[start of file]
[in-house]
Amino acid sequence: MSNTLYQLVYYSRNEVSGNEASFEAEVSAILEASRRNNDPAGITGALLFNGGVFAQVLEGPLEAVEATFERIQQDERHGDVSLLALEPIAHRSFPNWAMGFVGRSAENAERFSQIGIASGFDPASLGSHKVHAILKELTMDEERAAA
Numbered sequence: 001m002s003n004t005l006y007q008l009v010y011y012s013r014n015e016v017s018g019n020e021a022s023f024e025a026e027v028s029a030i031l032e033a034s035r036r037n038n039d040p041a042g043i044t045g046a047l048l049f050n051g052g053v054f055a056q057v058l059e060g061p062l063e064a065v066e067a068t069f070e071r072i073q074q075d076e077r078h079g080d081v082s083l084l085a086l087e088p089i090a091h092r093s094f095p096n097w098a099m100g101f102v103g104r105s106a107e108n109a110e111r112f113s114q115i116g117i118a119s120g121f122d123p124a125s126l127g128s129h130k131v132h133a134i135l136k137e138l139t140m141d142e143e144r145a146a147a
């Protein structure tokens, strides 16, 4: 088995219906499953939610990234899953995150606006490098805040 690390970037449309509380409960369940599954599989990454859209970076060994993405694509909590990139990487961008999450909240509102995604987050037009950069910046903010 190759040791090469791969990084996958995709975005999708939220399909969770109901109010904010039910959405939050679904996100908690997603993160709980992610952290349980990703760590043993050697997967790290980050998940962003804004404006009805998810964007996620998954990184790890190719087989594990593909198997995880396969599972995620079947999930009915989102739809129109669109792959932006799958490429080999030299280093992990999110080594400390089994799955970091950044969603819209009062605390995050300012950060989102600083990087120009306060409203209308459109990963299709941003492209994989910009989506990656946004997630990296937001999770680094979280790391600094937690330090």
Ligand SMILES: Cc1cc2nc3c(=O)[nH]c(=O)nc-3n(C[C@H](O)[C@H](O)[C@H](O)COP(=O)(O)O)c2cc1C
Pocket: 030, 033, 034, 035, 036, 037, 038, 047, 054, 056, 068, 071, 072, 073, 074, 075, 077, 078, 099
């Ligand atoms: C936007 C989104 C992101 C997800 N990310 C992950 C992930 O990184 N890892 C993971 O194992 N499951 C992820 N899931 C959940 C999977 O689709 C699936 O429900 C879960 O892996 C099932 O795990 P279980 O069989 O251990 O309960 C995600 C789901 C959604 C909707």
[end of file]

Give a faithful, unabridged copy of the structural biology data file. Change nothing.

[in-house]
Amino acid sequence: MSNTLYQLVYYSRNEVSGNEASFEAEVSAILEASRRNNDPAGITGALLFNGGVFAQVLEGPLEAVEATFERIQQDERHGDVSLLALEPIAHRSFPNWAMGFVGRSAENAERFSQIGIASGFDPASLGSHKVHAILKELTMDEERAAA
Numbered sequence: 001m002s003n004t005l006y007q008l009v010y011y012s013r014n015e016v017s018g019n020e021a022s023f024e025a026e027v028s029a030i031l032e033a034s035r036r037n038n039d040p041a042g043i044t045g046a047l048l049f050n051g052g053v054f055a056q057v058l059e060g061p062l063e064a065v066e067a068t069f070e071r072i073q074q075d076e077r078h079g080d081v082s083l084l085a086l087e088p089i090a091h092r093s094f095p096n097w098a099m100g101f102v103g104r105s106a107e108n109a110e111r112f113s114q115i116g117i118a119s120g121f122d123p124a125s126l127g128s129h130k131v132h133a134i135l136k137e138l139t140m141d142e143e144r145a146a147a
């Protein structure tokens, strides 16, 4: 088995219906499953939610990234899953995150606006490098805040 690390970037449309509380409960369940599954599989990454859209970076060994993405694509909590990139990487961008999450909240509102995604987050037009950069910046903010 190759040791090469791969990084996958995709975005999708939220399909969770109901109010904010039910959405939050679904996100908690997603993160709980992610952290349980990703760590043993050697997967790290980050998940962003804004404006009805998810964007996620998954990184790890190719087989594990593909198997995880396969599972995620079947999930009915989102739809129109669109792959932006799958490429080999030299280093992990999110080594400390089994799955970091950044969603819209009062605390995050300012950060989102600083990087120009306060409203209308459109990963299709941003492209994989910009989506990656946004997630990296937001999770680094979280790391600094937690330090």
Ligand SMILES: Cc1cc2nc3c(=O)[nH]c(=O)nc-3n(C[C@H](O)[C@H](O)[C@H](O)COP(=O)(O)O)c2cc1C
Pocket: 030, 033, 034, 035, 036, 037, 038, 047, 054, 056, 068, 071, 072, 073, 074, 075, 077, 078, 099
């Ligand atoms: C936007 C989104 C992101 C997800 N990310 C992950 C992930 O990184 N890892 C993971 O194992 N499951 C992820 N899931 C959940 C999977 O689709 C699936 O429900 C879960 O892996 C099932 O795990 P279980 O069989 O251990 O309960 C995600 C789901 C959604 C909707």